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Residents and Businesses in Stephenson and Contiguous Counties Can Apply for Low-Interest, Long-Term Loans to Boost Recovery

Governor Bruce Rauner today announced the U.S. Small Business Administration (SBA) approved the state’s request for assistance to help people and businesses in northwestern Illinois recover from severe storms and floods that occurred in July. 
Amazon urged to pick Illinois for its new headquarters. The Seattle-based retailing giant Amazon has announced that it is running out of headquarters space in its current city and would like to open a second headquarters in a centralized U.S. location. The second headquarters could contain as many as 50,000 workers, who would occupy a potential 8 million square feet of office space to be constructed for as much as $5 billion. Amazon has cited good transportation, strong schools, and a tech-oriented workforce as elements in their decision.
Photo from the Abraham Lincoln Documents Collection,
Illinois Digital Archives – A service of the Illinois State
Library and the Office of the Secretary of State
Illinois has been the home to four U.S. Presidents. That isn’t the most (Virginia claims that honor with eight) but it is still more than most states. But beyond the presidencies of Abraham Lincoln, Ulysses S. Grant, Ronald Reagan and Barack Obama, Illinois has been an important step on the path to the White House for a total of eleven presidents who were either nominated or re-nominated in Chicago on their way to victory in November. In fact, in the century-and-a-half since it hosted its first convention, Chicago has hosted more presidential conventions than any other U.S. city.
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As early as today, the Cook County Board could take action to repeal the controversial Sweetened Beverage Tax (Pop Tax) that was imposed earlier this year.

The penny-an-ounce tax applies to both sugar and artificially sweetened drinks sold in bottles, cans or from fountain machines in Cook County.

In a recent poll, 87% of Cook County residents opposed the tax. This new tax was levied on Cook County residents in August of this year and comes on the heels of a 32% income tax hike.

Small businesses in Cook County are also hit hard by the tax as they are seeing sales move across county lines.

Should the Board of Commissioners fail to repeal the Pop Tax, Rep. Michael McAuliffe has filed legislation in the Illinois House of Representatives that would immediately end the tax.

Tell us what you think about the Cook County Pop Tax
Educating children should be a bipartisan issue. Two weeks ago in the General Assembly, it finally was.

After years of working on this issue and months of intense negotiations, the General Assembly passed a landmark school funding reform law that fundamentally will transform the way Illinois funds its schools. This once-in-a-generation school funding legislation is the single most important bipartisan reform Illinois has seen in decades.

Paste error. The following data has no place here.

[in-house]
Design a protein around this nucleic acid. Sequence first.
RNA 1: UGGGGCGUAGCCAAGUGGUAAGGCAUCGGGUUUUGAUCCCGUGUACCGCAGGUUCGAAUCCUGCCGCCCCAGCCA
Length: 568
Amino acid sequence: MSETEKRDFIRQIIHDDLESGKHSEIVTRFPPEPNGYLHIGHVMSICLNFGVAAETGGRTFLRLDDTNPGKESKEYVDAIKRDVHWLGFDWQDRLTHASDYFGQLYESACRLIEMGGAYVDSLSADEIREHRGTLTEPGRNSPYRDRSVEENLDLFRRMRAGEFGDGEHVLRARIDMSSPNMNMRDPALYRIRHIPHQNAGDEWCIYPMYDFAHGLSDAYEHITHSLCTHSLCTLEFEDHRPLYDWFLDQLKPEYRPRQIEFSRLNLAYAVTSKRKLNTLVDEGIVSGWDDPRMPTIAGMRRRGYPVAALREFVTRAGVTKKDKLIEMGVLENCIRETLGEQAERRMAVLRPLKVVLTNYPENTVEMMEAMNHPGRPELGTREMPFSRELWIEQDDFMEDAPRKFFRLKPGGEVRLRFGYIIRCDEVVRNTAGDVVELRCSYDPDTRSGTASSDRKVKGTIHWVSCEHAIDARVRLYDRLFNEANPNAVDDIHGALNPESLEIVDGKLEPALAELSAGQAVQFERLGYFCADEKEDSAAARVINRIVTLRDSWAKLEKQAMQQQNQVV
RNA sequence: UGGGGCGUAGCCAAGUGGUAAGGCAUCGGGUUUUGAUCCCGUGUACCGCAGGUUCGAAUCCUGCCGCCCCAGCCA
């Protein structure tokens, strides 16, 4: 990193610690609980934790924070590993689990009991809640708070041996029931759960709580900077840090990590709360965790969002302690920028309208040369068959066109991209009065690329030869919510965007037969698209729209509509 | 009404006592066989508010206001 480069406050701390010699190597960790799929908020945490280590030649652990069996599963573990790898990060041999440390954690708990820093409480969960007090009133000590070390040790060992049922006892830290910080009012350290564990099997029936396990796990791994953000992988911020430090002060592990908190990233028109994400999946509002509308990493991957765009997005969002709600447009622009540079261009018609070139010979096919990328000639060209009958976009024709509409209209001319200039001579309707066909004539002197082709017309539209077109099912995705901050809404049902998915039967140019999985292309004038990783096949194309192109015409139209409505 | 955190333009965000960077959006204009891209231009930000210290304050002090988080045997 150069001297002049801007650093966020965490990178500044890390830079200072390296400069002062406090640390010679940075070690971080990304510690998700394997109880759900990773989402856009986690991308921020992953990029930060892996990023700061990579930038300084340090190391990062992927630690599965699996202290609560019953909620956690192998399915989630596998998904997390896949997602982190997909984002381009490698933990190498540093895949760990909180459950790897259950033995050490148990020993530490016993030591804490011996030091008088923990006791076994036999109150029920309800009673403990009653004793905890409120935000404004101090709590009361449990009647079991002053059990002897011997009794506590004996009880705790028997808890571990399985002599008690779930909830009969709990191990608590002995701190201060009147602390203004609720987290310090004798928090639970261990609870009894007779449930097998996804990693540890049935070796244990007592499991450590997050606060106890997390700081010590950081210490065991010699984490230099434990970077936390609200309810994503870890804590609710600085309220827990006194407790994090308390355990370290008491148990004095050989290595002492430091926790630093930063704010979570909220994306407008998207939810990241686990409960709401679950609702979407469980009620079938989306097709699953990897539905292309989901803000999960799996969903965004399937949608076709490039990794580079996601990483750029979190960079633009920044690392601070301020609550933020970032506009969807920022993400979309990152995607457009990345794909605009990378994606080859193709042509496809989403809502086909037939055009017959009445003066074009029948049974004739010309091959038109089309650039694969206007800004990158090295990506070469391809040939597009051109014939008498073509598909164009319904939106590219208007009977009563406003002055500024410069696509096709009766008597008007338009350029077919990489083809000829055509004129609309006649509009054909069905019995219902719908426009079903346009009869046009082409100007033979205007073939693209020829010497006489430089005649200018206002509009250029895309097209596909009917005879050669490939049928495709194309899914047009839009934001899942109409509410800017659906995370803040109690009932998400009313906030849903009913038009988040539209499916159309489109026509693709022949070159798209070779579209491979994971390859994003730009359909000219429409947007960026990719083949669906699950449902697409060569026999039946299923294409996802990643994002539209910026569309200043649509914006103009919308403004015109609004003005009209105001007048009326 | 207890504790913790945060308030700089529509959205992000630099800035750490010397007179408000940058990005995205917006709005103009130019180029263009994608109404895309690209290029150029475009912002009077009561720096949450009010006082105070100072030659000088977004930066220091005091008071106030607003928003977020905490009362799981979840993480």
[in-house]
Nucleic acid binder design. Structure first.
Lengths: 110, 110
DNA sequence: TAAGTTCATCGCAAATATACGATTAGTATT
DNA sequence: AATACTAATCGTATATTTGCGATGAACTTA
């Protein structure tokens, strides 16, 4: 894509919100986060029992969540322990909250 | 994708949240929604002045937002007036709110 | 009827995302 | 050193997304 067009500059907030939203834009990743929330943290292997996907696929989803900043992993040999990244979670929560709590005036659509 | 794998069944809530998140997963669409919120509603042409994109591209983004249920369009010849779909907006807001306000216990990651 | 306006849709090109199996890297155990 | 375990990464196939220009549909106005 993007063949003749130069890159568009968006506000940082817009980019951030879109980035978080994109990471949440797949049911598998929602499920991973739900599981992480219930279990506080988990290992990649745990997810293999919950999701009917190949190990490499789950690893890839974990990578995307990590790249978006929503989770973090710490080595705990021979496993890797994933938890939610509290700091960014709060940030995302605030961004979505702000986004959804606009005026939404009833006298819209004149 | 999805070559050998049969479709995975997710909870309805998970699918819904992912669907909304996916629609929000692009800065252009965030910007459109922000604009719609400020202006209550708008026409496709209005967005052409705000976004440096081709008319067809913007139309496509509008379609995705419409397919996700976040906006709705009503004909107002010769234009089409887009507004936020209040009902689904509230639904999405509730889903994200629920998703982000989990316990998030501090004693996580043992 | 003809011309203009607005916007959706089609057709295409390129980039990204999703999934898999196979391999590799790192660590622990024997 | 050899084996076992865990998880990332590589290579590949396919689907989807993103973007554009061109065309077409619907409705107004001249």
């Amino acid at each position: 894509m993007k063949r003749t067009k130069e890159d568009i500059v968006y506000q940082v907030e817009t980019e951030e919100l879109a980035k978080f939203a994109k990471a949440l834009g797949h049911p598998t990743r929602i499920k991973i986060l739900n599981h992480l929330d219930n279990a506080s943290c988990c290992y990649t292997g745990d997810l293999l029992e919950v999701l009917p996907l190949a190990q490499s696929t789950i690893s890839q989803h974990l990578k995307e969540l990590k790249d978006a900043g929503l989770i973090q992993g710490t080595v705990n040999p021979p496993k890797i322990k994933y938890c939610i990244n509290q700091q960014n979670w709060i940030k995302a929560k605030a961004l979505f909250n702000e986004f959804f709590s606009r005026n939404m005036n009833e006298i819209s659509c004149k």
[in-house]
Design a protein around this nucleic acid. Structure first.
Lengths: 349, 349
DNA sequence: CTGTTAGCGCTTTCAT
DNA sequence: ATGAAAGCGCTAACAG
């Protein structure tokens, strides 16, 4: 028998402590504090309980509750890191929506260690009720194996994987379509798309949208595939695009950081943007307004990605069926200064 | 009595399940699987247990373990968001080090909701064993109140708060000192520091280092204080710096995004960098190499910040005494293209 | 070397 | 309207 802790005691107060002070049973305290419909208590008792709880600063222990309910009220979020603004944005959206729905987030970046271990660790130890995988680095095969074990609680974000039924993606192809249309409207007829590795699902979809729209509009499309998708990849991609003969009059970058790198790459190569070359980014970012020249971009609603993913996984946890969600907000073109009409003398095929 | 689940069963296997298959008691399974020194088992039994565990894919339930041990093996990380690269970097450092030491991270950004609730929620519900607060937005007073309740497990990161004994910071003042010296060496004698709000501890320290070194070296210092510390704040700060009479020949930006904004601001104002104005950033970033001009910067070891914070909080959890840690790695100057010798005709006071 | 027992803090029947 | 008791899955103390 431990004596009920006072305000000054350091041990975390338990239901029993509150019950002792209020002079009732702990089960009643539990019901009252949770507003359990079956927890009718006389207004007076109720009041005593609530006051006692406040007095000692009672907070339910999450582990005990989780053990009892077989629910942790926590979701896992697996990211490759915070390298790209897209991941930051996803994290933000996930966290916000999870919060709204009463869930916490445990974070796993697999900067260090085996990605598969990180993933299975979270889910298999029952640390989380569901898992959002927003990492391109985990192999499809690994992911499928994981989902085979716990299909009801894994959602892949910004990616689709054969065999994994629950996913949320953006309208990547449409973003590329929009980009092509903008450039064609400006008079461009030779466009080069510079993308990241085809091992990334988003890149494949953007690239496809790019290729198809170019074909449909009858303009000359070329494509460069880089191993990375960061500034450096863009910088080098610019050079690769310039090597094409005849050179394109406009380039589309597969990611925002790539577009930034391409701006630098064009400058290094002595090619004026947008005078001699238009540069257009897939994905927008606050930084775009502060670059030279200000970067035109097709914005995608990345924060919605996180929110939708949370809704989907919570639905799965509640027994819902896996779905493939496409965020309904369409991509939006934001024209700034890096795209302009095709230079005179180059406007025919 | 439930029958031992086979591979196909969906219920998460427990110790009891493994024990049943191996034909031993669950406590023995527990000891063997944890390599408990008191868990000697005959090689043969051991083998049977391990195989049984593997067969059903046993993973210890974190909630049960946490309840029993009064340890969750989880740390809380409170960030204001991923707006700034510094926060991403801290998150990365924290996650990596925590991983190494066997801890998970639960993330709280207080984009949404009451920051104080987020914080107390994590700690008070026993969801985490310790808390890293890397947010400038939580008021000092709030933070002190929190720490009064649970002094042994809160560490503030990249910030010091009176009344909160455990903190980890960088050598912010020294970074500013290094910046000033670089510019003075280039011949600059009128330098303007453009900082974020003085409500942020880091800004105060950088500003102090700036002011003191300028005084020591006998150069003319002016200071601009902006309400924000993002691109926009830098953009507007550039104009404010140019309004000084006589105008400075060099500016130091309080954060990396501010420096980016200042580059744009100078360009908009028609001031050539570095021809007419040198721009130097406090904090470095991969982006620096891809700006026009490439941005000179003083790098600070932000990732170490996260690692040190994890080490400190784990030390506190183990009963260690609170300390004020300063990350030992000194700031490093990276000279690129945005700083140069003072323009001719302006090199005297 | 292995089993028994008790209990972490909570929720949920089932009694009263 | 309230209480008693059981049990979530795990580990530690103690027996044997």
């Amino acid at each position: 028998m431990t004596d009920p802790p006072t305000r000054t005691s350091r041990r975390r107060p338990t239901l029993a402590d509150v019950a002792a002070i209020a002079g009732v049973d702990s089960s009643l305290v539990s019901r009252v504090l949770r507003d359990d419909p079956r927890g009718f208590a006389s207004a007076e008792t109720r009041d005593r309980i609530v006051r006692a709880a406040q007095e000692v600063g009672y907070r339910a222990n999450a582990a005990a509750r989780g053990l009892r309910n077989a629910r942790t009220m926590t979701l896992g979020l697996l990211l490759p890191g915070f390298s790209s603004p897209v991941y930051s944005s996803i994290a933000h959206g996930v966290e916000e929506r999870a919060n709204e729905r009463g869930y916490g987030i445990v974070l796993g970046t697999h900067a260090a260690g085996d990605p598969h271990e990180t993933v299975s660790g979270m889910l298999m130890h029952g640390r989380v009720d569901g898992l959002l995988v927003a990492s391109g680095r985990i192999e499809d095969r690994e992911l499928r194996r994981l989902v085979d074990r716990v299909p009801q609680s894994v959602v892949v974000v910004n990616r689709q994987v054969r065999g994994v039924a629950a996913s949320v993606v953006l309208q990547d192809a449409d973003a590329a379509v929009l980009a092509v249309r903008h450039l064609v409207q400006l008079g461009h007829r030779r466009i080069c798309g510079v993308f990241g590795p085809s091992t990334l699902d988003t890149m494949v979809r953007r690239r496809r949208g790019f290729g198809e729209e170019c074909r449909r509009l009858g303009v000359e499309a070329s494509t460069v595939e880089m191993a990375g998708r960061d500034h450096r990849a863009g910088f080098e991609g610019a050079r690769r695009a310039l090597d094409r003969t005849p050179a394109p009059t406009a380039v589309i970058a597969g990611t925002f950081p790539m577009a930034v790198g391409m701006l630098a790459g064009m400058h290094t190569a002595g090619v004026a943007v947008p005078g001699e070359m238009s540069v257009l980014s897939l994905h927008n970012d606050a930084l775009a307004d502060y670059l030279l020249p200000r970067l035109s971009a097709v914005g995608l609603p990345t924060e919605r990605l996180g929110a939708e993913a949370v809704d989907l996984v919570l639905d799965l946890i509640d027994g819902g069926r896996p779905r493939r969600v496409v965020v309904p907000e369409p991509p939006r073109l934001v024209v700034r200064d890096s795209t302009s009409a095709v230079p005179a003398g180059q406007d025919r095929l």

As downstate legislators of different political parties, we were proud to work together on behalf of the schools and children we represent in negotiating the final agreement. Illinois will go from having the worst school funding formula in the country to having one of the best. Students in school districts lacking local wealth will be prioritized regardless of ZIP code. That means underfunded downstate districts will get the help they need. Read more.

Governor Rauner announces borrowing plan to pay down bill backlog. After conducting a thorough review of the out-of-balance fiscal year 2018 budget passed by the General Assembly in July, Gov. Bruce Rauner announced Thursday that he intends to exercise borrowing authority to issue $6 billion in bonds to pay down a portion of the state’s bill backlog.

“Illinois has been deficit spending for many years, resulting in a huge unpaid bill backlog. The state has been, in effect, borrowing from local service providers, including nonprofits and small businesses, because it takes months for them to get paid,” Gov. Rauner said. “My preferred solution has always been for state government to reform its spending, and for a strong, competitive economy to grow family incomes faster than the cost of government.
by Illinois House Republican Leader Jim Durkin

For decades, Illinois state government has had a reputation for partisan gridlock and dysfunction. We’ve seen battles in which the only glaring difference keeping people from coming together was political affiliation.

Yet several weeks ago, it became crystal clear that partisan rancor finally had to be put aside for the sake of far more important priorities.

It’s widely known that leading up to last week, Illinois had one of the most inequitable school funding systems in the nation. For decades, we used a one-size-fits-all approach that led to great disparities in how much money, per pupil, schools received to educate our children. This created a statewide system of winning and losing school districts. But because the needs of students varied greatly from community to community, reforming the way we fund our schools eluded lawmakers.